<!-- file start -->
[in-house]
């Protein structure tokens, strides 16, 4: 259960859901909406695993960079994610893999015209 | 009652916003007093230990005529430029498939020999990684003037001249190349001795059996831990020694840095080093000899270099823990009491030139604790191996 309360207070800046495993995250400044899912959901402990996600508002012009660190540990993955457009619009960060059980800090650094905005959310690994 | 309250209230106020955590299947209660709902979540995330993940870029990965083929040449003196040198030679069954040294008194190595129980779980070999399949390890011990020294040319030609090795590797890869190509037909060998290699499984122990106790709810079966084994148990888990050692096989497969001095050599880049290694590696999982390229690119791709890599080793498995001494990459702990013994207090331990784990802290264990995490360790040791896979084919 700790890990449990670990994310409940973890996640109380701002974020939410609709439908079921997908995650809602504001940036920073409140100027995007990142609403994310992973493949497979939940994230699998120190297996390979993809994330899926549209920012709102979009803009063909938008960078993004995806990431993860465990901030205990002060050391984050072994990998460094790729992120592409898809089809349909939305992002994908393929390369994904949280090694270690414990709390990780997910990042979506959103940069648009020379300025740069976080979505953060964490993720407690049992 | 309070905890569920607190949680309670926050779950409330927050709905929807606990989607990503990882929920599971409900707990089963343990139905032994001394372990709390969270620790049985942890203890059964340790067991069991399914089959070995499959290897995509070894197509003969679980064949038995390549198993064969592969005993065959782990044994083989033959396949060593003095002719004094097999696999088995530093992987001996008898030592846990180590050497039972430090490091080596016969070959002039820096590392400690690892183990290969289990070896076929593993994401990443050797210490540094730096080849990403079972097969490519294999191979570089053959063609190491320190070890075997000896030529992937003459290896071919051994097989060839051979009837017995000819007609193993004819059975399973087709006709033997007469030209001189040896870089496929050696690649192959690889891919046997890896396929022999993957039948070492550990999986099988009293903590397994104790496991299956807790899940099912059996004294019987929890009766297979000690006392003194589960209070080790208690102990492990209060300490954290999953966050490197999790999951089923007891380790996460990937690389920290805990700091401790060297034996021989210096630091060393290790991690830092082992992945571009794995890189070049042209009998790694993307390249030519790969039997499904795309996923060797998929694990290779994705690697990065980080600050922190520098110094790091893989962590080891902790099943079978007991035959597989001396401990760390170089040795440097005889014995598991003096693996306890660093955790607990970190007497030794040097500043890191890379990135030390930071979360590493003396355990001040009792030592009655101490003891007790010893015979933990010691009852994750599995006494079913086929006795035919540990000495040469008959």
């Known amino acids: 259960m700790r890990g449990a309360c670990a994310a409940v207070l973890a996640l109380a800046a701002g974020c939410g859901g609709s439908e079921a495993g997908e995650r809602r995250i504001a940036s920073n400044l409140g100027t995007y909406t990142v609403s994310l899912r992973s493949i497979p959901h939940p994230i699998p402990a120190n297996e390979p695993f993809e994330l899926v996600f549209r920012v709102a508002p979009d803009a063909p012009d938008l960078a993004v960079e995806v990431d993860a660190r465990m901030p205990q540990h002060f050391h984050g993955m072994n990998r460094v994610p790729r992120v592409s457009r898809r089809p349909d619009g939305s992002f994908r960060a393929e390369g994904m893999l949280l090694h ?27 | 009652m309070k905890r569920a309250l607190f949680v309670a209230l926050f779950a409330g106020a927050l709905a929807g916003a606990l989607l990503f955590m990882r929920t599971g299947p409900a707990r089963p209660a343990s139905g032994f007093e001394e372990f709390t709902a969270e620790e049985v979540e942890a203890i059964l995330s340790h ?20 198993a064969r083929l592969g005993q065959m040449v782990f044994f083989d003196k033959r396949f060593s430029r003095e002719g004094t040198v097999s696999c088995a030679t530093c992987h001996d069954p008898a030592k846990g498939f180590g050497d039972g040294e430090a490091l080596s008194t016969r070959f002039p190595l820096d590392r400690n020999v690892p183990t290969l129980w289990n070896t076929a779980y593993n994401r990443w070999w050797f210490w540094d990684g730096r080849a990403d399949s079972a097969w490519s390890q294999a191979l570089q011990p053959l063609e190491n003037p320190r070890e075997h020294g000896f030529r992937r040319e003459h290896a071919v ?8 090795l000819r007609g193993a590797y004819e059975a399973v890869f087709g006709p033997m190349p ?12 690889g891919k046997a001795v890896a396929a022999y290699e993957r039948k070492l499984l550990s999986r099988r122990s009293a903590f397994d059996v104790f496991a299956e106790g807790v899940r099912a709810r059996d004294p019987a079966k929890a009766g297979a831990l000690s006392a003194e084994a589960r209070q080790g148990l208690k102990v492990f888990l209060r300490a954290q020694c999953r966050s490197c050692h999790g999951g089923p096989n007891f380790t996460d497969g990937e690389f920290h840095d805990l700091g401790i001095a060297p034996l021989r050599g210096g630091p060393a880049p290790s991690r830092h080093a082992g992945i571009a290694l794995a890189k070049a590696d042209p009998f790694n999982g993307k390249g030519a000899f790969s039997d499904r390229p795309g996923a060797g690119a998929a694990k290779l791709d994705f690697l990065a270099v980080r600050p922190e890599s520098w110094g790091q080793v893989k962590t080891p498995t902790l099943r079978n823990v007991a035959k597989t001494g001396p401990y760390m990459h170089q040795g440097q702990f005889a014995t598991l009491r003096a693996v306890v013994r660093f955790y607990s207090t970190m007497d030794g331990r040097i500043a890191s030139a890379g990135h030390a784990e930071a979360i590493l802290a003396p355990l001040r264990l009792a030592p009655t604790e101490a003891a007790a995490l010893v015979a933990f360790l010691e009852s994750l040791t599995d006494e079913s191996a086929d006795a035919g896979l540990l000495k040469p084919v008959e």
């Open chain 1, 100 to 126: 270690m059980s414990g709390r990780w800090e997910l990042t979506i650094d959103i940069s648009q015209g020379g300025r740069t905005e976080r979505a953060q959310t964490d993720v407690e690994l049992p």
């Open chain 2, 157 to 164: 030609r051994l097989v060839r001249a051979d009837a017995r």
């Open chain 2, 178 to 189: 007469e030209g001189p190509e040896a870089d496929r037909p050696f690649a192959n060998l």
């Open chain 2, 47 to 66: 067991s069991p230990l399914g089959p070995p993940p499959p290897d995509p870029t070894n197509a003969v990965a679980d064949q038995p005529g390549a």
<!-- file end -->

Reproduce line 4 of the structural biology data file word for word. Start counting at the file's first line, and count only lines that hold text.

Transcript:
């Open chain 1, 100 to 126: 270690m059980s414990g709390r990780w800090e997910l990042t979506i650094d959103i940069s648009q015209g020379g300025r740069t905005e976080r979505a953060q959310t964490d993720v407690e690994l049992p």